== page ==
I’m pretty sure we were all clueless to the fact that we were watching reruns from the 1970’s, even though the clothes and music should’ve given it away! Almost every episode showcased the Junkyard Gang’s musical abilities via trash cans, brooms, bicycle tires, and discarded furniture and they could jam! I don’t think our teachers truly appreciated our creative pursuits when they found us hanging out in the dumpster area attempting to put together a Fat Albert tribute band. To this day I can still do a pretty good Mushmouth though.

In 1995 a cool CD called Saturday Morning Cartoon’s Greatest Hits came out. Its basically 19 tracks of alternative bands covering TV theme songs and there’s not a stinker in the bunch. It’s really fun to listen to and I highly recommend it! Replacing rusty car parts with loud guitars, here’s Dig with their take on the “Fat Albert Theme”.

"Fat Albert Theme" - Dig (Saturday Morning Cartoon's Greatest Hits)

Friday, February 26, 2010

"Hey Porter" - Johnny Cash

Put on your favorite black shirt because today is Johnny Cash’s birthday. He would’ve been 78 had he not passed away in 2003. Anyone not familiar with Johnny Cash should take some time and check out his life story. What a man and what a voice! My love for Johnny Cash, and any old-school country music for that matter, was passed down to me from my dad. He was born and raised in Texas and anytime spent in the truck with him involved either AM country radio or The Gaither Vocal Band. Thanks to him, I like to put on some Johnny, Hank, Waylon, Patsy, George, Merle, Willie, or Kris and think about how hard these guys worked in the ‘50’s and ‘60’s to get their music out. Especially the ones like Johnny who refused to fit into anyone’s box. My dad used to always make it a point to tell me how the “outlaws” would rather play their brand of music than conform to someone else’s pressures. Those Texans sure know a thing or two about pride.

“Hey Porter” was one of the first songs Johnny Cash recorded for Sam Phillips at the legendary Sun Records in Memphis. It was released as a single in 1955 and can be found on most of Johnny’s greatest hits collections. He wrote it on his way home from Germany where he was stationed in the Air Force. After years overseas, he was ready to get back to Arkansas and his love of the South can clearly be heard in the lyrics, just like many of his other songs. Also, I'm just a sucker for "train songs". The song can be about a train or even just mention a train and I'm immediately drawn to it. This is one of many "train songs" in his collection and just about no one does them better! His distinctive voice and guitar playing is what made him stand out to me as a child. No one sounded like him and no one played that “boom chicka boom” like him and his band. I’ve got a variety of DVDs from his concerts over the years and he never lost a step or tried to change things up. His songs sounded exactly the way they did 30-40 years ago when they first came out; simple, engaging and fun to listen to.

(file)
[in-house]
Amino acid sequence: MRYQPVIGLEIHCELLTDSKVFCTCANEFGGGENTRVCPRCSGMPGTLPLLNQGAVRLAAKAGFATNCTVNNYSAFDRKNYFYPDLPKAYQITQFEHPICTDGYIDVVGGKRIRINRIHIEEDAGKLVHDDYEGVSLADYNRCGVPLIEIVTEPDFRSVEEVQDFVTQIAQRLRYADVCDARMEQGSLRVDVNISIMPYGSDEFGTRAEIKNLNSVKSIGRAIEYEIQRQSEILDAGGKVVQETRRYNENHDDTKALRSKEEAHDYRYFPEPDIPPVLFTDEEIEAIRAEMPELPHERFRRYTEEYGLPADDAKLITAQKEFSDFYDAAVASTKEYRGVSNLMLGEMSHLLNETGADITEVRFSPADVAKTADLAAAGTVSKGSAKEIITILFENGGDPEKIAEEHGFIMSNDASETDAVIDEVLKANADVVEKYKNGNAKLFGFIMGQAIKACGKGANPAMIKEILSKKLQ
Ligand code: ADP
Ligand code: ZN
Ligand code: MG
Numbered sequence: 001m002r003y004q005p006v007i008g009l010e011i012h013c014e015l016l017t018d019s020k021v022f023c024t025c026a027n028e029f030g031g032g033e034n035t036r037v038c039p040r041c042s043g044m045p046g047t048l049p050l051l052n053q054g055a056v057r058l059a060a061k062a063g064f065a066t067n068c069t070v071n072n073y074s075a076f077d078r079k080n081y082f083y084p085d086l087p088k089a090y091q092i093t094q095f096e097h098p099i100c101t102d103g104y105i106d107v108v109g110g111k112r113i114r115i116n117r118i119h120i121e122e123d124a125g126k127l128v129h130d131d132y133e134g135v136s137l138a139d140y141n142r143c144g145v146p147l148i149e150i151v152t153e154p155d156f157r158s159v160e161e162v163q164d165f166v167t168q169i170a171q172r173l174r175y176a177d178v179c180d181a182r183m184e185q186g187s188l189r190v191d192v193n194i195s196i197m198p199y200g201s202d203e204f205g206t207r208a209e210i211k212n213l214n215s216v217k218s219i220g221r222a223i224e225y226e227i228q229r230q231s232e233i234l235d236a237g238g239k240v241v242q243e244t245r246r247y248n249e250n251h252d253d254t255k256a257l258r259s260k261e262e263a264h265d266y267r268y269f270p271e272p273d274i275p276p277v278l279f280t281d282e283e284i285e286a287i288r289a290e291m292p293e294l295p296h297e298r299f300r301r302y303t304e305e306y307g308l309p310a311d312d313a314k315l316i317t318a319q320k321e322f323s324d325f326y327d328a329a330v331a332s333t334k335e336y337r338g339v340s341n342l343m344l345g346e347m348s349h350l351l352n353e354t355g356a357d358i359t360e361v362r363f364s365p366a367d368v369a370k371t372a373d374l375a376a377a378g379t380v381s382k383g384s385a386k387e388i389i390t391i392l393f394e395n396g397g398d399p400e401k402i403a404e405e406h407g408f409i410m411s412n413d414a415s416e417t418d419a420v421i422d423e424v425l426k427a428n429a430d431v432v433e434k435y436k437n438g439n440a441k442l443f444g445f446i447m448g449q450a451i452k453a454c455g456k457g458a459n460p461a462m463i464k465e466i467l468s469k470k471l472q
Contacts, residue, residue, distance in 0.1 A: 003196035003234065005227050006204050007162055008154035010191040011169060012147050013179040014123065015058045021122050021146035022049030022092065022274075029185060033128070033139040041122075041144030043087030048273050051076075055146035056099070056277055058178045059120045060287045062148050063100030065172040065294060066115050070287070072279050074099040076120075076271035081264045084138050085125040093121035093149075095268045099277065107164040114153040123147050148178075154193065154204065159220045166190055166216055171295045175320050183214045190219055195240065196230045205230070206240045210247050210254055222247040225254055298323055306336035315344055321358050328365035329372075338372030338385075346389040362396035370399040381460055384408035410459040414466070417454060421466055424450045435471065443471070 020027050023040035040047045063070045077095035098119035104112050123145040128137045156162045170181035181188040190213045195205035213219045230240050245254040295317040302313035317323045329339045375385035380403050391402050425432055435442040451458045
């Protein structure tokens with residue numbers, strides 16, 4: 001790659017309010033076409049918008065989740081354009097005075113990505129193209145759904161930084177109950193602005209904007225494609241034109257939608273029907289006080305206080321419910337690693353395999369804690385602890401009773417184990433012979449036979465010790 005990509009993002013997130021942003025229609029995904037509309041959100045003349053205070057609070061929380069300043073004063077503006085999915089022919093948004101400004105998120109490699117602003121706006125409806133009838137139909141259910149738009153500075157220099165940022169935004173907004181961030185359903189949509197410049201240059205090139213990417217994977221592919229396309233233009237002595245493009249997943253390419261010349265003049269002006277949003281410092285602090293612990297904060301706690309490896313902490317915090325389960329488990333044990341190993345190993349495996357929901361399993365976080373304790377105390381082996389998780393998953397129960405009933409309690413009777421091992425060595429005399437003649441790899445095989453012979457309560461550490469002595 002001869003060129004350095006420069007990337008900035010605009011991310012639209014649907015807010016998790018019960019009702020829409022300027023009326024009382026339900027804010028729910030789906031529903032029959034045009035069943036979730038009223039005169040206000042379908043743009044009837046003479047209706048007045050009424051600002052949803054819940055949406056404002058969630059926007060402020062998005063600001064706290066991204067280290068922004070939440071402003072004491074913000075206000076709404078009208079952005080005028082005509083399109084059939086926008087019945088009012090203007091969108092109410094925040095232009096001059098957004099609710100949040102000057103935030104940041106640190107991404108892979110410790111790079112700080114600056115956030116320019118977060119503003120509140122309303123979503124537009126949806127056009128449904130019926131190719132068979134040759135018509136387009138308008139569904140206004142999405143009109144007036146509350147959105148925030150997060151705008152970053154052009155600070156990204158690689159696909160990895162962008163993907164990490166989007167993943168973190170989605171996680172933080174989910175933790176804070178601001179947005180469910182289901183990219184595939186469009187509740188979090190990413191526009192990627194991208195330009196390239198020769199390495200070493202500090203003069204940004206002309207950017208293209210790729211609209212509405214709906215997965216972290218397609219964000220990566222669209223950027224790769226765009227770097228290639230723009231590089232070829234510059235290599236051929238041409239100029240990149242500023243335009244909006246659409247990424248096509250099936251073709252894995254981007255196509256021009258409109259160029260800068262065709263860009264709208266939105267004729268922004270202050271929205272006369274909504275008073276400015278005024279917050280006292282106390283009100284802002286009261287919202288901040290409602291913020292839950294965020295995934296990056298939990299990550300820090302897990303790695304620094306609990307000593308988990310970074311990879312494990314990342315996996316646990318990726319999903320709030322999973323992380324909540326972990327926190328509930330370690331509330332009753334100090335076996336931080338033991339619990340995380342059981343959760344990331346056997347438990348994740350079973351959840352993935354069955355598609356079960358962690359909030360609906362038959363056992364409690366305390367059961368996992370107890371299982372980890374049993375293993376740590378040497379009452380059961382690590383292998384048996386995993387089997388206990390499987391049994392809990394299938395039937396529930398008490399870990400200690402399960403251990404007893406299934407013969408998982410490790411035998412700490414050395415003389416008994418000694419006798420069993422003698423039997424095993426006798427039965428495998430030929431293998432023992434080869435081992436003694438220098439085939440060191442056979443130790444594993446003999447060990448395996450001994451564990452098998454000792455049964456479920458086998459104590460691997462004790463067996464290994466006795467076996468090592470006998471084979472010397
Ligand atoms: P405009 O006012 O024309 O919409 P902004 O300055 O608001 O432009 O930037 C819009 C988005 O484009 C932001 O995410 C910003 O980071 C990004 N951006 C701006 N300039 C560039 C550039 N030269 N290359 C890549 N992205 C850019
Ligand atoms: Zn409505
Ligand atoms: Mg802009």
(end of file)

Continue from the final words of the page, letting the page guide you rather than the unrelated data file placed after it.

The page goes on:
In the ‘90’s, producer Rick Rubin rekindled interest in Johnny’s career with a series of albums called American Recordings. Made up of unusual covers and imaginative originals, these albums are a great final chapter to his life. This week his final album, American VI: Ain’t No Grave, was released. Who knows if any other recordings lay in a vault somewhere; but if not, we’ve got a lifetime of his material to keep us singing. Here’s one of my favorites from the very beginning of his career.

"Hey Porter" - Johnny Cash (Hey Porter single)

Thursday, February 25, 2010

"Say I Won't (Recognize)" - The Gaslight Anthem

Of bands that have come out in the last few years, The Gaslight Anthem is probably my favorite. Man, there are not enough words to convey how awesome they are! These New Jersey boys know how to mix together the best elements of rock, punk, soul and blues to create an original sound full of energy and swagger. With their cranked guitars, powerful bass, relentless drums and intense vocal delivery, they invite you to join them for a high-energy, rock and roll tour de force that never lets up, even on the slower tracks. Lead singer, rhythm guitarist and main songwriter Brian Fallon is proud to wear his influences on his sleeve without ever falling into a lazy imitation of them. If you take just a cursory glance through his lyrics you’ll see his musical heritage on full display. It’s like a sonic treasure hunt! His heroes get lyrical winks, both obvious and subtle, in almost every song and it never comes across as forced or hokey. The man just knows how to write a good song and he draws from those who came before him who also knew what they were doing. The Gaslight Anthem is intent on constructing a rock and roll shrine while also adding their own bricks at the same time.